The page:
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Ahir Shah chats to Student Rag about fooling around…

He’s been doing stand-up routines since he was a kid and oozes uber confidence but part of Ahir Shah still managed to die on Frankie Boyle’s New World Order comedy show thanks to nerves. But don’t be fooled. This politics graduate wasn’t fazed for long so if you think you recognise him from television something or other you can soon expect to see a lot more of him. Comedian Ahir’s not waiting for a part to arrive, instead he’s writing himself into comedy roles and it’s all thanks to a bit of name-calling by his grandma. Susie Daniels finds out more…

I don’t like to name-call but Ahir Shah is a fool. In fact, I’m not name-calling. His grandmother is. Let’s start again. I don’t like to judge but should a grandmother call her grandson a fool? Having chatted to Ahir about the possible absence of the afterlife, his close-knit Hindu family and his travel to India a couple of years ago to visit his dear grandma before she passed away, the conclusion has to be it was in the fondest way possible he was described as a clown. And his current touring show’s name is a strong nod to fond memories of a woman who spotted the humorous side of her grandson.
Ahir says his show, called Duffer, is so-named because his grandma would call him ‘dafol’ when he was younger. The word is the Hindi origin of the English word duffer, meaning clown or fool.


The show, which has already been well received at this year’s Fringe, will tour until April 2019 (by then Ahir will be able to competently recite his show backwards) and is about ‘the grandma trip’. It may not sound quite as exciting as ‘the road trip’ but it explores relationships, before life, after-life and everything in between. So…life. Ahir says: “I was raised in an entirely neutral environment with an absence of religious faith so it was very much, ‘you’ll make your own mind up’. If you’re not exposed to it [religion] then that’s what you do. My belief when we die is that this thing’s not working and then it stops. My family in India are Hindu and have a strong religious faith. It’s a thing I envy. Maybe I am on the cusp of believing. It can provide solace.
“I think there’s certainly a sense of loss. It’s very natural and instinctive in the (afterlife) belief to human beings. It’s a tribalism thing. They channel it and it’s inherent. It’s a shame we’ve lost the sense of community. I think we need to have some sort of communal feeling similar to that feeling standing in a football match. When I do the show it’s occasionally difficult but nice because it’s very personal. Just seeing the way it connects with people’s experiences and the way a number of people afterwards said it resonates is amazing.”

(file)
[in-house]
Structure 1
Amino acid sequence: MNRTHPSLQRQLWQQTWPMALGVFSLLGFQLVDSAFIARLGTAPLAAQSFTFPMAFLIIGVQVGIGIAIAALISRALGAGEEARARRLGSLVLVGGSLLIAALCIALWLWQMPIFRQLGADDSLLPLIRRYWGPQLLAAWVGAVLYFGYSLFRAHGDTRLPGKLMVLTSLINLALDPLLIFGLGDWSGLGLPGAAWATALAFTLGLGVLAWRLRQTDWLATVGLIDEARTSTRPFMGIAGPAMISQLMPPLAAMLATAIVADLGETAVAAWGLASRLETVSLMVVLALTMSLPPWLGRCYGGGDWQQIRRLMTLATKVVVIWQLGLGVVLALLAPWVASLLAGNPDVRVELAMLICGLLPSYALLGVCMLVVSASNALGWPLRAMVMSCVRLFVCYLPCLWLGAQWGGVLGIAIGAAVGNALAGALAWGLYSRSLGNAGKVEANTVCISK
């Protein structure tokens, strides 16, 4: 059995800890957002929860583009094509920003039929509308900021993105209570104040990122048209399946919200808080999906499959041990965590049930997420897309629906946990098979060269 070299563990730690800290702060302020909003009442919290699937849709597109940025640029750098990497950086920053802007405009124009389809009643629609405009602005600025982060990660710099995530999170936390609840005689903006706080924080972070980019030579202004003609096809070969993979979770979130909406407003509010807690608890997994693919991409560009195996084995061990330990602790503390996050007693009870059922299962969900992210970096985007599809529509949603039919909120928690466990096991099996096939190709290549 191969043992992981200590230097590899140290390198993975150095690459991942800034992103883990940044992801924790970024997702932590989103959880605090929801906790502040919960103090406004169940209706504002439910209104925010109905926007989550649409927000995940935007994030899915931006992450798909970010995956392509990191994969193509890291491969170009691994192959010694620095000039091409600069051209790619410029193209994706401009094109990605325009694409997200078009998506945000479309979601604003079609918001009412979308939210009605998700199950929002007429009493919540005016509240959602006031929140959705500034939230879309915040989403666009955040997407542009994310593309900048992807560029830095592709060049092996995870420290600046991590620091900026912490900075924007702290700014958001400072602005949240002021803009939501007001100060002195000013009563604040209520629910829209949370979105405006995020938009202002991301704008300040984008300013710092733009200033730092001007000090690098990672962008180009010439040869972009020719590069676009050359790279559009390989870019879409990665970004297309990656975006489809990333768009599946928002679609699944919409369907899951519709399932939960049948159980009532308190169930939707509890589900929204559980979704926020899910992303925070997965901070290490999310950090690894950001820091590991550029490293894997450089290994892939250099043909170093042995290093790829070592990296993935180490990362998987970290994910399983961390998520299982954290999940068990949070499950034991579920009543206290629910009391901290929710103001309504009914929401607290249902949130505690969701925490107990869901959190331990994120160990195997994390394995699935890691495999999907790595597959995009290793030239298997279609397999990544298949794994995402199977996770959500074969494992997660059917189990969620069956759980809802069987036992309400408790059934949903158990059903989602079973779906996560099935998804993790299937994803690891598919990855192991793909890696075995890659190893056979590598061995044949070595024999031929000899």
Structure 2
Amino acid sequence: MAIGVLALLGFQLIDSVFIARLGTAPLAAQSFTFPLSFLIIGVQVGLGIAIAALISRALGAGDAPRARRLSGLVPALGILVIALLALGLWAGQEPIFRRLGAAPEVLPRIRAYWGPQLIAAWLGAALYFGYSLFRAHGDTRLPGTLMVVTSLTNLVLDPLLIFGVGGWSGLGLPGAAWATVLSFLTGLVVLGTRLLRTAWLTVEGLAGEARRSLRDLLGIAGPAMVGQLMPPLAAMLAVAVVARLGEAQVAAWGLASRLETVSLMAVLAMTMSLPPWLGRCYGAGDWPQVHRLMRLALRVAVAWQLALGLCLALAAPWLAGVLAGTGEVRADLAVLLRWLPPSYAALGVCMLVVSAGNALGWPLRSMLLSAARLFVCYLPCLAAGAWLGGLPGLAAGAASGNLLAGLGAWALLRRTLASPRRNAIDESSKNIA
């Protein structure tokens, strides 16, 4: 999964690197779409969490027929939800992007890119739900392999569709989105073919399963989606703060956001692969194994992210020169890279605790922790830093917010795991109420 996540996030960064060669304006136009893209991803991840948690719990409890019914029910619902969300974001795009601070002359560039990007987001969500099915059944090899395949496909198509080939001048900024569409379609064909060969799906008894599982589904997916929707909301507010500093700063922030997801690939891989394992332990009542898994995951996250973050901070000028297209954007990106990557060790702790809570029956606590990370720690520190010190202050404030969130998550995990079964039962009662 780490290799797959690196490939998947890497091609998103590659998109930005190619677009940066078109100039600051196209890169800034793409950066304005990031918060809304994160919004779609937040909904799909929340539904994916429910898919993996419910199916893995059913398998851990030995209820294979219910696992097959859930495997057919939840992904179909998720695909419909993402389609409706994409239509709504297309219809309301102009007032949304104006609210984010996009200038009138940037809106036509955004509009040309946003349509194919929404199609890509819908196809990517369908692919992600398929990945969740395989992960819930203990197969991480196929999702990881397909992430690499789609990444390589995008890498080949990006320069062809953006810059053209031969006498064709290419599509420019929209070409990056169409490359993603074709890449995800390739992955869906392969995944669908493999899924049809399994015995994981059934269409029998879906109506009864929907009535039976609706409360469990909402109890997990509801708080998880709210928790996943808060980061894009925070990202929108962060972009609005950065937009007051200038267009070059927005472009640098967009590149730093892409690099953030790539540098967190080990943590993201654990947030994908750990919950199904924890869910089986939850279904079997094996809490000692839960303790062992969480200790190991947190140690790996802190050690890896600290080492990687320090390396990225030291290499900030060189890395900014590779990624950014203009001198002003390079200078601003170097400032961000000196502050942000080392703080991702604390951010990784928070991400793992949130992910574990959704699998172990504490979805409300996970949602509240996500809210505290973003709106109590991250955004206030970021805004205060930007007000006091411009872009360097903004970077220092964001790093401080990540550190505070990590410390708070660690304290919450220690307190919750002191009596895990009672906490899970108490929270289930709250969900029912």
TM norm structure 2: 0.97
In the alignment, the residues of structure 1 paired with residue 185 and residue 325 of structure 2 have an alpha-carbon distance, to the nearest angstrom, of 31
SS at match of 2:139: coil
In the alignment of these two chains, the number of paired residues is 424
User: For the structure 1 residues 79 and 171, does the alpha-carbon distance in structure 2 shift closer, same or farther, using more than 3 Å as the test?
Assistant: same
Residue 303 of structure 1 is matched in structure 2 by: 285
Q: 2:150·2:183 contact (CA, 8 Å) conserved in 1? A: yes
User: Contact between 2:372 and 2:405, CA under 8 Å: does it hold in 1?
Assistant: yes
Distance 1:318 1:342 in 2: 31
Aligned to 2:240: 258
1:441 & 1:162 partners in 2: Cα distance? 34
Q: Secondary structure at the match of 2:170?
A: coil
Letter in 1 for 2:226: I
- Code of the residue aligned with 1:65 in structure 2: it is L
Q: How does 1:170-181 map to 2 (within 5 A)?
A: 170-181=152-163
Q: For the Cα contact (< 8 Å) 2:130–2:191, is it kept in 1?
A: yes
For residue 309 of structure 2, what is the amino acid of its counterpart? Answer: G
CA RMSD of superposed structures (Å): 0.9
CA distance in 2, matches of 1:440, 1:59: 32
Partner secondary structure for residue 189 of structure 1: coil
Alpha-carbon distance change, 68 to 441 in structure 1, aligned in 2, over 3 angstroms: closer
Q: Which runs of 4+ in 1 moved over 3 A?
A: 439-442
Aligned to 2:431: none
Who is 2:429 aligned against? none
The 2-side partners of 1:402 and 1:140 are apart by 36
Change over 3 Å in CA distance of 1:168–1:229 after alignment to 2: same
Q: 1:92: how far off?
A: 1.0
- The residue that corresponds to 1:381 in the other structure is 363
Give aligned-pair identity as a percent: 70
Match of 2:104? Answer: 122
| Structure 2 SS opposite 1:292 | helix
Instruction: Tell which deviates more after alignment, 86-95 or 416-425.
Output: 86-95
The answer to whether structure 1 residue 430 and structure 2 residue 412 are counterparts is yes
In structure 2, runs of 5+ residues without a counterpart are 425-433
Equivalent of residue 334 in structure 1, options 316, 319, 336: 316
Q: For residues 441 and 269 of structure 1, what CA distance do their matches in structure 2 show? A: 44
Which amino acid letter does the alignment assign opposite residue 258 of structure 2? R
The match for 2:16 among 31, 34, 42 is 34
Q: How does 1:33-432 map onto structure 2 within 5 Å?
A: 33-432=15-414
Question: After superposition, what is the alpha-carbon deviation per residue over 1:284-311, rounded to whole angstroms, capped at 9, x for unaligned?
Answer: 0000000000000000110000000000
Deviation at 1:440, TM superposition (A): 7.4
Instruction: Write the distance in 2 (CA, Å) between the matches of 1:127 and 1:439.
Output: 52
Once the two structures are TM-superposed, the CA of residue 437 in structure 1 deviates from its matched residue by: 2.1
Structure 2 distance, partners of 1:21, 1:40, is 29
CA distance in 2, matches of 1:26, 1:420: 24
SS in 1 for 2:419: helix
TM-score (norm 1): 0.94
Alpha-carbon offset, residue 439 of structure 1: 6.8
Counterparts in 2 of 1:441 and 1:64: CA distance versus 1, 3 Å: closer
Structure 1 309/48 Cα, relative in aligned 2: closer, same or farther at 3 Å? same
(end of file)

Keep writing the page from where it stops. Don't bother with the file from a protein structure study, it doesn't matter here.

Ahir’s written two sitcom pilots for Channel 4, one of which is in redraft stage because ‘everything’s going sh*t’ so hopefully we’ll get a glimpse of another side of his comedy very soon. The 27-year-old comedian has zoomed from Live at the Apollo to Comedy Central’s Stand Up Central, appearing with Nish Kumar on The Mash Report on and Frankie Boyle’s New World Order as well as various comedy-type programmes. And life in the congested comedy lane is all thanks to Ahir’s dad. Ahir recalls: “When I was at school my dad was very good at getting me to try out extra-curricular things. Consequently he suggested I do comedy and found out about a stand-up comedy course I could go to on the weekend. I did my first gig there as a result of that. At first I was just a kid mucking about and the good thing was you never feel you’re quite there on a course.”

Ahir larger image

The Cambridge Politics graduate has a confidence that a private school kid or Oxbridge graduate wears as a badge of the elite club yet Ahir has a less arrogant and warmer edge than many of his peers who we probably see dominating TV. While many comedians have a schtick – Jack Whitehall is giggly private schoolie, Kevin Bridges is goofy Glasgae street boy and Frankie Boyle is a sick twisted human being (in a good way) – Ahir has his serious, clever side so the initial thought bubbles from the audience once he delivers his punchlines are ‘Should I laugh? But he’s just insulted me by telling the truth’.

During a comedy routine at the Melbourne Comedy Festival last year he massaged the ego of his tanned Aussie audience and then hit them right between the eyes. ‘You’re extraordinarily welcoming…extraordinarily open….extraordinarily kind…for people who operate a gigantic offshore concentration camp. How are you this hostile to refugees in shorts weather?’ It’s brutally awkward honesty and watching the audience makes for an uncomfortable second of silence, nervous giggles and then a realisation of ‘yeah, that’s fair enough’ wafting over everyone.

Not many comedians would tend to pick on the whole audience to that degree and not join in with a ‘I’m one of you’ routine. Yet because he sounds like a learned academic it works. Ahir laughs: “My schitck? Yeah, I sometimes close with, ‘My friends tell me I would have made an entirely funny lecturer.’” So what was it like being on a television show with what appears to be a polar opposite type of comedian – the infamous Boyle? Ahir recalls: “I was only on Frankie’s New World Order for one episode. Frankie’s got a wicked sense of humour. I find him a very thoughtful and interesting guy. I was extraordinarily nervous on his show. I sat for one hour with my legs crossed and when I got up my leg was entirely dead.”

Ahir Shah plays The Stand Comedy Club in Edinburgh on Sunday February 17th and Glasgow Stand on Monday February 18th.